We have posted blogs about your rights under the law, and how they relate to what you say during a traffic stop. It is entirely possible that even though your initial instinct is to try to “talk your way out' of your presumed trouble with the law, doing so will only make things worse. The cop is evaluating your words, and he may just assume you're guilty of something, based on other people he has pulled over in the past, the address, (or lack thereof), on your ID, or the part of town in which you got pulled over. Let's look at the facts; the cop who pulled you over does not honestly care what happens to you as a result. He or she may have developed the presumed ‘evidence' in charging you with a crime based on something they did not fully understand. And whatever they say – or don't say – in their report will be taken as the truth by the people who read it.

 The bottom line is you DO have the right to just shut up. Without being unruly or providing any type of obstruction, you can calmly insist that you prefer not to say anything further without the advice of a lawyer. Might this give a cop an increased suspicion about you, giving him reason to ramp up his interaction with you? Yes, it might. But, the consequences of that tactic may have far less serious repercussions than initiating a long-winded explanation to each of the cop's questions.

 Any good tint shop knows the laws, and they'll be held accountable if it's found that they installed illegal tint on your car. Still, many others operate under the radar, and will install whatever you ask for – just don't expect a receipt, and bring cash.

 So, it's your call – if you think the ‘cool factor' of blacked-out windows outweighs the potential for a bad interaction with the cops, you take the risk.  And even with legal tint, you still may get pulled over – a dark interior and lack of light at night can be all a cop needs to check you out with his VLT meter.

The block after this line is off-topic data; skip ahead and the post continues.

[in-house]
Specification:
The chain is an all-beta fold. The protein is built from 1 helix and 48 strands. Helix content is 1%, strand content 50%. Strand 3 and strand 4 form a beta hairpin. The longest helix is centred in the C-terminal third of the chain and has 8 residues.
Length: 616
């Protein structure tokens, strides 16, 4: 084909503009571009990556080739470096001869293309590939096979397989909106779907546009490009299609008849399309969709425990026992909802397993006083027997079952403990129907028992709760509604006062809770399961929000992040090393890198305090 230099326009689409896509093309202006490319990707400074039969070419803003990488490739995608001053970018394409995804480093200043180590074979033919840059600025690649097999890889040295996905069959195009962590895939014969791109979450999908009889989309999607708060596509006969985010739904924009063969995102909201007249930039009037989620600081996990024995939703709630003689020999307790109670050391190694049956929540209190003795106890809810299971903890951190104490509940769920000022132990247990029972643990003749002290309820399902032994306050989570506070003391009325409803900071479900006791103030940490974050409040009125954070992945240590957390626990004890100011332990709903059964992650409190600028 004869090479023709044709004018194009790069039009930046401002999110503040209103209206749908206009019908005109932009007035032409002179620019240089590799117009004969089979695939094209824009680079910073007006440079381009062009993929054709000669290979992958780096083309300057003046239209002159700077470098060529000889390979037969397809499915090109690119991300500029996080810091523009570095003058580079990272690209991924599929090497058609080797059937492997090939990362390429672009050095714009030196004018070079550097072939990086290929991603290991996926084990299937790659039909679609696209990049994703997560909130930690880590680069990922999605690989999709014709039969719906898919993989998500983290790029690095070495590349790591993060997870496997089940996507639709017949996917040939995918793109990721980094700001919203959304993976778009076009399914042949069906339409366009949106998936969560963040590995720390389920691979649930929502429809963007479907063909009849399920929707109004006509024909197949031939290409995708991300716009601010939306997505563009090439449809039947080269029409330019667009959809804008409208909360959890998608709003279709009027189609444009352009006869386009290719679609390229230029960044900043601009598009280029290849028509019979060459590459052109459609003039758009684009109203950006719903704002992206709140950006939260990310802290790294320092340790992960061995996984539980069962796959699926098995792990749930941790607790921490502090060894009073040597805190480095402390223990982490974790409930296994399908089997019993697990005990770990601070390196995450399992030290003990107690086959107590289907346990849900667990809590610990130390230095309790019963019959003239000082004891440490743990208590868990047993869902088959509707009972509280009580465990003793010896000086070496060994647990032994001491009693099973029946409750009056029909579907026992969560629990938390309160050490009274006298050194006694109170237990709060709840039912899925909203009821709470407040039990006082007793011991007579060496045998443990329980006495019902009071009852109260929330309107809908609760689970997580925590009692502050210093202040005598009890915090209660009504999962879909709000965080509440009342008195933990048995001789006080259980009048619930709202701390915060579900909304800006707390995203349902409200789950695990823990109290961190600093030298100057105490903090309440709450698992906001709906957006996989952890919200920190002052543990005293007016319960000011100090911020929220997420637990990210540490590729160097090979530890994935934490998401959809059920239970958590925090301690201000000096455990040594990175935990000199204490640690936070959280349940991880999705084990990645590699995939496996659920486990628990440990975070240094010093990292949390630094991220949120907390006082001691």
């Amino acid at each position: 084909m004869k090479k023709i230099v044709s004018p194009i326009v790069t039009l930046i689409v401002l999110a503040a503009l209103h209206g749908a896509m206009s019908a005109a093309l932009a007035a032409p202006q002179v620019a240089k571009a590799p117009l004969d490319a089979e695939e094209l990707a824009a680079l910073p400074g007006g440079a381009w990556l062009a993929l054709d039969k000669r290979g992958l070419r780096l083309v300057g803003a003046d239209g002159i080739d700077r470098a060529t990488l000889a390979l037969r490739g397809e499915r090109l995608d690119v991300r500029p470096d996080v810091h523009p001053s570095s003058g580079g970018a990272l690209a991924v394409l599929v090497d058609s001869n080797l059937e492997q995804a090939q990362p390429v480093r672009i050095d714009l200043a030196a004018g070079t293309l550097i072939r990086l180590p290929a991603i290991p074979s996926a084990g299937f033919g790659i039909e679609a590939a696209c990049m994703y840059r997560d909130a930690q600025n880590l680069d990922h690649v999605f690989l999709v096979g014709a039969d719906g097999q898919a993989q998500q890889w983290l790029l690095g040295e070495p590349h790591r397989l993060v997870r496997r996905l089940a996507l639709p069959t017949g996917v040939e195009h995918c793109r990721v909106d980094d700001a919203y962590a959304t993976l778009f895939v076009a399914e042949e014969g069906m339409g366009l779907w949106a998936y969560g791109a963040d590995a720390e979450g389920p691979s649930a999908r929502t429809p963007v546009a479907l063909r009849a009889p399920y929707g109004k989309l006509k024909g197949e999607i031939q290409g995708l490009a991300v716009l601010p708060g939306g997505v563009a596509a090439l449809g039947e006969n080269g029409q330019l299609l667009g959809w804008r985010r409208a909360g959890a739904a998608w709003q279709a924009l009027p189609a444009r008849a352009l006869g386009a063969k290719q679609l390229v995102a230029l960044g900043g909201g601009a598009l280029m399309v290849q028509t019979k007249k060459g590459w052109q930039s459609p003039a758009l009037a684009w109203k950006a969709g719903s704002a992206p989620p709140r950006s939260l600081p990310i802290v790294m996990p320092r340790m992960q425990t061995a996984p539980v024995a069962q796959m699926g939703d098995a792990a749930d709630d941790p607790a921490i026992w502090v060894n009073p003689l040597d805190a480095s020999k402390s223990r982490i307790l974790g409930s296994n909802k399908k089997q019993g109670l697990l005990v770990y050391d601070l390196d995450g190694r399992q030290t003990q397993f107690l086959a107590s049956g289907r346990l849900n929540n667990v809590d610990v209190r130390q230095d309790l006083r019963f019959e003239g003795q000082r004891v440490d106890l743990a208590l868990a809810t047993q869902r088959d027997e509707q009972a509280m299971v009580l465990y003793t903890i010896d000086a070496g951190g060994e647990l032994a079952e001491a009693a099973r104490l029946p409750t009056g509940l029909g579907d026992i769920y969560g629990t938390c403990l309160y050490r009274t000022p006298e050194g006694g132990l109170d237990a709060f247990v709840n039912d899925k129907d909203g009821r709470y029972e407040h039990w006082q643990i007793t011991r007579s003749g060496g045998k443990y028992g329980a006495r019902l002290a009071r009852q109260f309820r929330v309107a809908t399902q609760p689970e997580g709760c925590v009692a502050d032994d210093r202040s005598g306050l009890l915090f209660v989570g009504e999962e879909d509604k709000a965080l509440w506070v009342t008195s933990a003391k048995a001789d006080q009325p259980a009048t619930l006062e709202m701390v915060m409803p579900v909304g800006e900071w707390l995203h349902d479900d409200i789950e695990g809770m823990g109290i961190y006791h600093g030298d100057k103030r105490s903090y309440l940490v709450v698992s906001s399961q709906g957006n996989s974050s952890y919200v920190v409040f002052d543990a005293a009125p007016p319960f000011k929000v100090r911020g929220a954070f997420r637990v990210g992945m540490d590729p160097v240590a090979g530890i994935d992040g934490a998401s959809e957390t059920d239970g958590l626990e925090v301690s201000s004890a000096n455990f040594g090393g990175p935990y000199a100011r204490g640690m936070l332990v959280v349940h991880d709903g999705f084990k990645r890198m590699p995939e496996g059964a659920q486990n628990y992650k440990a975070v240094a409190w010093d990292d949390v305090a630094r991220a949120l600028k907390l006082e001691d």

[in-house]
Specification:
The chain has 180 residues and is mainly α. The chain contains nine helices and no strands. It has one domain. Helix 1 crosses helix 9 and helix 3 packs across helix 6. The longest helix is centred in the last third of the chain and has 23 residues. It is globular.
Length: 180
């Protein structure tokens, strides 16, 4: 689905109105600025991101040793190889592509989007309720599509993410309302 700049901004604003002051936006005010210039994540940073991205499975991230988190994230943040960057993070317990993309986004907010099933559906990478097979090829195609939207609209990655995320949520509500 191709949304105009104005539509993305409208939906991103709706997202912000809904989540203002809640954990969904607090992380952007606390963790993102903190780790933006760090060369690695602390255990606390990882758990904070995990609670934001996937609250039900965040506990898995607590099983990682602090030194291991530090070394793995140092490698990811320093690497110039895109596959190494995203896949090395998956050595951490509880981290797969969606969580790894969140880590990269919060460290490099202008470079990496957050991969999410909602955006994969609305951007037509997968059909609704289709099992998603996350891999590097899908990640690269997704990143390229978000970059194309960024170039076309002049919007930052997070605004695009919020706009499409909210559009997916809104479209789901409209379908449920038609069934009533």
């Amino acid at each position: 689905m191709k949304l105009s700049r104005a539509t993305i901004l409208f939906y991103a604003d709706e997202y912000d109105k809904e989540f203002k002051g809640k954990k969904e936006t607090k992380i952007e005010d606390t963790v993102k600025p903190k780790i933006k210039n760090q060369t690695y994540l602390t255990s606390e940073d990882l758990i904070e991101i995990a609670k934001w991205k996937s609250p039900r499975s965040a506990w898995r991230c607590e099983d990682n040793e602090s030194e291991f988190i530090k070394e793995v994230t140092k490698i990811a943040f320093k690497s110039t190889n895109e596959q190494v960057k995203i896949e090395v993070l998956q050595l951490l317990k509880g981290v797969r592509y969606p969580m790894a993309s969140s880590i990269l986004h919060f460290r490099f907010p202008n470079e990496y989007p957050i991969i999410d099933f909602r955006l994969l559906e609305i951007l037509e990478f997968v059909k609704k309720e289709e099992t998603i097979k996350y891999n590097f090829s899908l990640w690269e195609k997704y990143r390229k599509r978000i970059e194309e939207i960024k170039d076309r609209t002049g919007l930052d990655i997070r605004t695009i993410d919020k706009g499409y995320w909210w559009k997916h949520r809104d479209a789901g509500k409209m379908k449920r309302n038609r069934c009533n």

The criminal defense and personal injury attorneys at Goldberg, Racila, D'Alessandro & Noone have a complete knowledge of your rights under the law, and work every day in tirelessly standing up for them. We know there are many factors related to getting arrested, and our job is to ensure you are aggressively and fully represented. If you or someone you know is in trouble, we can help. Call us at 239-461-5508, or just fill in the simple contact form here, and find out how easy it is to learn more about having our more than 80-years combined legal experience on your side.

 And if you're not sure your car windows are legally tinted or not, stop by a reputable tint shop and ask them to check them for you.   

About the Author

Scot D. Goldberg

Scot Goldberg is a founding partner of the Goldberg Law Firm. See his attorney profile for more information.


Scot D. Goldberg Reply

Posted Sep 11, 2018 at 07:13:23

There is a special statute that allows law enforcement vehicles to basically have whatever they want on them, including dark tint.

Scot D. Goldberg Reply

Posted Feb 25, 2019 at 05:52:25

Unfortunately, it is the vehicle’s current owner who is responsible for the type of tint it now has. If the tint is deemed illegal (too dark according to a sensor used by police), they can ticket you until you have it removed / replaced with legal tint.

Scot D. Goldberg Reply

Posted Jun 18, 2019 at 06:54:17

Yes, you are correct – in Florida, suspicion of illegal (i.e. too dark) window tint is a secondary offense, meaning law enforcement is supposed to not be allowed to pull you over just for that. But the fact is, they do.